Islamists Claim Victory In Egypt's Presidential Vote

Over the weekend, Egyptians completed voting in their historic presidential election. The Muslim Brotherhood has declared its candidate the winner, but official results are days away.

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LINDA WERTHEIMER, HOST:

This is MORNING EDITION from NPR News. I'm Linda Wertheimer.

STEVE INSKEEP, HOST:

And I'm Steve Inskeep. Good morning.

Here's one way to summarize the news from Egypt. The candidate associated with Egypt's Muslim Brotherhood claims he won the presidency in a runoff election over the weekend. His opponent claims he won too. And all of the vote counting is happening amid questions about whether the winner will have very much authority anyway. Egypt's generals are the real powers in the country and have remained so even after last year's revolution. And the generals insist they will hand over power to the winner, but they've sharply limited what that power will be.

NPR's Soraya Sarhaddi Nelson is on the line from Cairo. She's going to help sort this out. Hi, Soraya.

SORAYA SARHADDI NELSON, BYLINE: Good morning, Steve.

INSKEEP: Let's start with the election results. Two days of voting over the weekend. What do you know about who voted how?

NELSON: Well, as you mentioned, the Muslim Brotherhood candidate, Mohammed Morsi, declared he won with more than 52 percent of the vote. But that seems to be slipping according to some state-run media. The state-run Al-Ahram newspaper is reporting 51 percent of the vote went to Morsi, although again, the count is still underway. And of course his rival is disputing that.

INSKEEP: And his rival is Ahmed Shafiq. He's a former prime minister under Hosni Mubarak, the deposed former president, right?

NELSON: Exactly. And he is dismissing the claim that Morsi won. And in fact, his campaign says that they might have gotten as much as 53 percent of the vote. They also say it's too soon to really make any declaration because there's a lot of fraud under investigation, including claims of invisible ink, that apparently pens were being handed out at polling stations, or so the story goes, which were being used to fill out ballots, and then that ink disappears within a few hours. Those claims are being investigated by election officials.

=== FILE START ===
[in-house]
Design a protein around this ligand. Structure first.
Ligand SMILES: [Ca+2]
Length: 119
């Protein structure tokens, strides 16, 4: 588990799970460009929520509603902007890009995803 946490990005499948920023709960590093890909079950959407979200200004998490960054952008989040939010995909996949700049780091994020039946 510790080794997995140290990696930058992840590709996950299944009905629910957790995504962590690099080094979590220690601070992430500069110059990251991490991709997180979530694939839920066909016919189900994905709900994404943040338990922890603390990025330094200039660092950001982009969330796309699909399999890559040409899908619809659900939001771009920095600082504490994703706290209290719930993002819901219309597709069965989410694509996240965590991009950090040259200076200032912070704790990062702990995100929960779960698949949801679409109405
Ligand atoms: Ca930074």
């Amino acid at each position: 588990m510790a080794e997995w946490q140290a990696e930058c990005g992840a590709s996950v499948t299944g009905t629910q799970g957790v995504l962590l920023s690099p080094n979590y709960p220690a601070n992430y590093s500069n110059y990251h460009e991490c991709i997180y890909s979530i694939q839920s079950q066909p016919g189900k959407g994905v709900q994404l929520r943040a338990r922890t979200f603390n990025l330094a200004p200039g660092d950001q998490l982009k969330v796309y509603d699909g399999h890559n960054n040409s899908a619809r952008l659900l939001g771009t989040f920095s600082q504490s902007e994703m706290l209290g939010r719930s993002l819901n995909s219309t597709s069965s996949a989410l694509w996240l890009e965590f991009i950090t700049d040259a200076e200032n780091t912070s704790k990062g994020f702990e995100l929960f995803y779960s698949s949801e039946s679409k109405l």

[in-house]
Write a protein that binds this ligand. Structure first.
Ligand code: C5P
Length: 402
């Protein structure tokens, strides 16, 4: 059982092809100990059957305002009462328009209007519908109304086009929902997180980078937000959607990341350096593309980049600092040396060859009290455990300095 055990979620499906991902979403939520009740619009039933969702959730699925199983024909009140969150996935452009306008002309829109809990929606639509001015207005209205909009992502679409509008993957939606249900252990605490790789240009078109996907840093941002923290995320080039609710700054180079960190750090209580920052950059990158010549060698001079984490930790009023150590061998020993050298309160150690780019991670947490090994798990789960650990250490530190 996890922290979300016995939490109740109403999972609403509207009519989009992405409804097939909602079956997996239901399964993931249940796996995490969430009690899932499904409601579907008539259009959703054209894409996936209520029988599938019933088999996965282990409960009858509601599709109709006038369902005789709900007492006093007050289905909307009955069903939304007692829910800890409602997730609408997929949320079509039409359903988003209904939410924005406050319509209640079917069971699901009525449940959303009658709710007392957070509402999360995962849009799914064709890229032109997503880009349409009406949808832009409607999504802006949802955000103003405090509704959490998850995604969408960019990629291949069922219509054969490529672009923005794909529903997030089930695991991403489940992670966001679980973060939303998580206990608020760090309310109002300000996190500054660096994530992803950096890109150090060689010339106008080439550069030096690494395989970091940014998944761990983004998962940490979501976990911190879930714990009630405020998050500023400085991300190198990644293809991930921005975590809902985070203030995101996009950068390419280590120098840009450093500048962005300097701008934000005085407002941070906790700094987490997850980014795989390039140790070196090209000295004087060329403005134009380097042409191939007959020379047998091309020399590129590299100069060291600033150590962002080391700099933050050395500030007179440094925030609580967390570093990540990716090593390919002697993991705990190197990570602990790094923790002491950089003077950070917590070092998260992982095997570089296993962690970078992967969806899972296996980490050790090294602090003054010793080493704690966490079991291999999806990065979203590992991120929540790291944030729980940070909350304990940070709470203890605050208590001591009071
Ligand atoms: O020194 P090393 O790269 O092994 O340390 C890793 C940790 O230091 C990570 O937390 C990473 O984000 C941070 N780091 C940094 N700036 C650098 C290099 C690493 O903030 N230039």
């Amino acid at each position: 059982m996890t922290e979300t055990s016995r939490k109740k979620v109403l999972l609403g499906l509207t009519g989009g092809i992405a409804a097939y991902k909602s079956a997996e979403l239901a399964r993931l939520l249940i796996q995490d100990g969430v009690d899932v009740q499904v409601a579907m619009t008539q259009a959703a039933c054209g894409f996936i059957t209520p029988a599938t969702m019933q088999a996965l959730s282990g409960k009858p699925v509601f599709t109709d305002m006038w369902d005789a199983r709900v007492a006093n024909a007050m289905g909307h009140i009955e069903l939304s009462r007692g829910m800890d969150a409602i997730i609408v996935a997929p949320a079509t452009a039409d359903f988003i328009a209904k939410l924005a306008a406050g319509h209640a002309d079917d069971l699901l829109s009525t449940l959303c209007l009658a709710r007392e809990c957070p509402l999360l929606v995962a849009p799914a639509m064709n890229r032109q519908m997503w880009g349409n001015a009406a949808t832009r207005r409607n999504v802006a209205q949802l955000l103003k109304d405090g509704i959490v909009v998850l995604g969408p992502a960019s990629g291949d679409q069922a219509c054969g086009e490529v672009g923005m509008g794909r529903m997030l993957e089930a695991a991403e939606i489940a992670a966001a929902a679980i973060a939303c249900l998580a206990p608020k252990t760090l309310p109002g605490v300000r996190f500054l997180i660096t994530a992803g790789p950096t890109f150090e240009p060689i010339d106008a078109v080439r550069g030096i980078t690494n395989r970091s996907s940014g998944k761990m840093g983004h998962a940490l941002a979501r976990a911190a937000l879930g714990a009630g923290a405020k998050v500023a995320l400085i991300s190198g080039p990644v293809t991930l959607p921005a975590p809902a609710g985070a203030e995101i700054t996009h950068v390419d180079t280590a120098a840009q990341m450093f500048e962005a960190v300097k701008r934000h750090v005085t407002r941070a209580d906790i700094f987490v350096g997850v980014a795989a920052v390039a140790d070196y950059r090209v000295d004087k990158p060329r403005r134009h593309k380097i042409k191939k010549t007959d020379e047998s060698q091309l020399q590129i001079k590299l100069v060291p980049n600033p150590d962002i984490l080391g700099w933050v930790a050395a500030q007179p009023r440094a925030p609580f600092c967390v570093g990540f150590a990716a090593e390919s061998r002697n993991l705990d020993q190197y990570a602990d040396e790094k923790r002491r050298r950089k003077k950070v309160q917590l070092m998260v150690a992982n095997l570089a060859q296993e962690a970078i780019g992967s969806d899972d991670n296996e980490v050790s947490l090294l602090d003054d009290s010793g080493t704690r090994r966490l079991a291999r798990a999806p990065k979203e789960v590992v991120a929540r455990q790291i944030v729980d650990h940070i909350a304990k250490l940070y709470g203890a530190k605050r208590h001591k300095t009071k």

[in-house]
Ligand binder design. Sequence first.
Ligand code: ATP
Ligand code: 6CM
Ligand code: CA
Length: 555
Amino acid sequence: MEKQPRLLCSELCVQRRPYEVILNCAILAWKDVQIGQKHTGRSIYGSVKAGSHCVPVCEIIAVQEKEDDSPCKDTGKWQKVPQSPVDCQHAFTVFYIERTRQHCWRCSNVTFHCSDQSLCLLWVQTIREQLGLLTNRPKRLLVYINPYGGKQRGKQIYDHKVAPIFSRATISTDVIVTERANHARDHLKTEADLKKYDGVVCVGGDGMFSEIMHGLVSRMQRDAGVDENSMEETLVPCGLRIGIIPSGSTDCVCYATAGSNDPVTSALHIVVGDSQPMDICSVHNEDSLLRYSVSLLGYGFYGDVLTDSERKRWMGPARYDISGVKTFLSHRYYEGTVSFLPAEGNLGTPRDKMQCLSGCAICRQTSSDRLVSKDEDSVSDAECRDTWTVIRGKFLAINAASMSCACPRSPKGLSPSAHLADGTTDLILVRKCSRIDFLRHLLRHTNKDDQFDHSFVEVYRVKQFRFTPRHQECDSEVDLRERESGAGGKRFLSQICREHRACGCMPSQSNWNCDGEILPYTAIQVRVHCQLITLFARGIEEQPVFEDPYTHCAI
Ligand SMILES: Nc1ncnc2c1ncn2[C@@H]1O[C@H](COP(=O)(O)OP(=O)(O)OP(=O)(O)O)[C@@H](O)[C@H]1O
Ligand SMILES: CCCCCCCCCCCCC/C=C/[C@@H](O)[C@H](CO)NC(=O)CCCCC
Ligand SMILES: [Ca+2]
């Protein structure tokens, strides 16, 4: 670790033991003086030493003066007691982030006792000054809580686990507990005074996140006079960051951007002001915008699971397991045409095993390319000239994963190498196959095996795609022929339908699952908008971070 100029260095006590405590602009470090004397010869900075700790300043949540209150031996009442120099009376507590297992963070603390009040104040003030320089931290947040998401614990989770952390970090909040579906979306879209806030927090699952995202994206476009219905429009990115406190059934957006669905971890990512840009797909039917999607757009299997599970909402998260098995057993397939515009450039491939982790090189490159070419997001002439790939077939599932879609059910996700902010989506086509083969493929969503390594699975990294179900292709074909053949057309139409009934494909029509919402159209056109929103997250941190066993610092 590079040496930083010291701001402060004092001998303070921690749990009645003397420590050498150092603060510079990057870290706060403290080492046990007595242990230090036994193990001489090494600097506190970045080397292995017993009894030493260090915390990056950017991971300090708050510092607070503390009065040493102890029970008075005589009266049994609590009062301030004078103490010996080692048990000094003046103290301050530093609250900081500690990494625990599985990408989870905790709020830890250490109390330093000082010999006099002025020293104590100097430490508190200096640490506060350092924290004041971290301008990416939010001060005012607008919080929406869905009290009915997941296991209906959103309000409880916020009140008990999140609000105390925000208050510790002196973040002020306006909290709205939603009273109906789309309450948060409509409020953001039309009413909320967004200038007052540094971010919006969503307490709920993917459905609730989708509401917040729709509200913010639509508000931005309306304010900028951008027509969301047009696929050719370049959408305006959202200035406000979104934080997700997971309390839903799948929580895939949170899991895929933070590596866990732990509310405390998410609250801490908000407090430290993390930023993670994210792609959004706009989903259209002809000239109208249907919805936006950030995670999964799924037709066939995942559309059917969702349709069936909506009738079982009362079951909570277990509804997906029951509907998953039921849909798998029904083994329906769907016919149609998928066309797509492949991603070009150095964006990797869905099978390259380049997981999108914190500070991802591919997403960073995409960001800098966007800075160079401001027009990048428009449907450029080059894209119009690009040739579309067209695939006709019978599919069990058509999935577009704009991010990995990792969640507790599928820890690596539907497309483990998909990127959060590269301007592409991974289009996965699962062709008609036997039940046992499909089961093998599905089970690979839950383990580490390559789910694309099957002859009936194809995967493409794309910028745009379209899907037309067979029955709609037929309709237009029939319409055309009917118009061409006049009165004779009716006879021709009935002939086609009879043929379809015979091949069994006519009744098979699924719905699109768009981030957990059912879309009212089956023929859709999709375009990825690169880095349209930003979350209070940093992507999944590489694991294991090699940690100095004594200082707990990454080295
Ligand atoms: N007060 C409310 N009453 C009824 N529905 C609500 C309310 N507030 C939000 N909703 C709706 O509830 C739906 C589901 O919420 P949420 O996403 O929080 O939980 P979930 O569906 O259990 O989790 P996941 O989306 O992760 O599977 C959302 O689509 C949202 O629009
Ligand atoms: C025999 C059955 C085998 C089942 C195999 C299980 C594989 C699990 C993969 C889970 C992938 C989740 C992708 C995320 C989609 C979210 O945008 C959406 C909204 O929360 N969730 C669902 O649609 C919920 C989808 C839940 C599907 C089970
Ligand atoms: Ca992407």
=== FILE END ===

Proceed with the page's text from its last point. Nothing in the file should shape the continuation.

INSKEEP: Well, even as that investigation goes on, and even as the vote counting goes on, is it fair to ask, Soraya, what's the point? Because as you have reported so thoroughly in recently days, the ruling generals - or rather a court, I should say, associated with Mubarak's regime, has dissolved the parliament, and the generals are not saying that they're going to give very much authority to the new president.

NELSON: Well, yes, in fact up until this morning - and so perhaps the generals know something we don't - they were saying they weren't going to leave at the end of the month. Now, at a press conference a short while ago, they in fact did say that they will be leaving on June 30, even though the constitution, the new constitution, is not in place, which is something they said they - that they would not leave until that happened. But they seem to have changed their mind. Having said that, though, they are changing some of the powers that this president will have. This is not going to be a Mubarak presidency in the sense of him - or whoever takes charge being in charge of everything. He'll be able to name the cabinet, including the defense minister, but he won't be able to control the military, he won't be able to declare war without the approval of the military. Even the country's budget is in question. And the generals also said they will be sharing legislative power with the president until a new parliament is named.

INSKEEP: And I guess the generals are free to make up the rules or change the rules like this because there still is no constitution.

NELSON: Absolutely. That constitution is something that is very vital, the military thinks is very vital, because they want to sort of enshrine their powers in it. And certainly it will define what the president does for the country, how the parliament acts, that sort of thing. But even when parliament was in session, they couldn't - nobody could agree on exactly who should serve on the committee drafting that constitution. The first such committee was in fact dissolved because the ruling generals - I should say the courts that have Mubarak-era judges in them - did not have any - let's put it this way - they couldn't agree on - they weren't representative. That's what the courts were saying.

INSKEEP: Very, very briefly, Soraya - how are Egyptians responding to these moves by the generals?

NELSON: Well, they are not very happy. Morsi's people were celebrating in Tahrir Square, but there are many others who are quite stunned and dismayed, especially by the ruling military council actions.

HEBA MORAYEF: But I think the timing is very suspect. You can't really wait and see what the results of the presidential election are and then tailor those duties according to who wins.

NELSON: That's Heba Morayef. She's Egypt researcher for Human Rights Watch, and she's saying that the ruling generals staying in power even behind the scenes wasn't unexpected. But she is distressed that the military would assume so much of the legislative power and other authorities from behind the scenes.

INSKEEP: OK. Soraya, thanks very much.

NELSON: You're welcome, Steve.

INSKEEP: That's NPR's Soraya Sarhaddi Nelson in Cairo.

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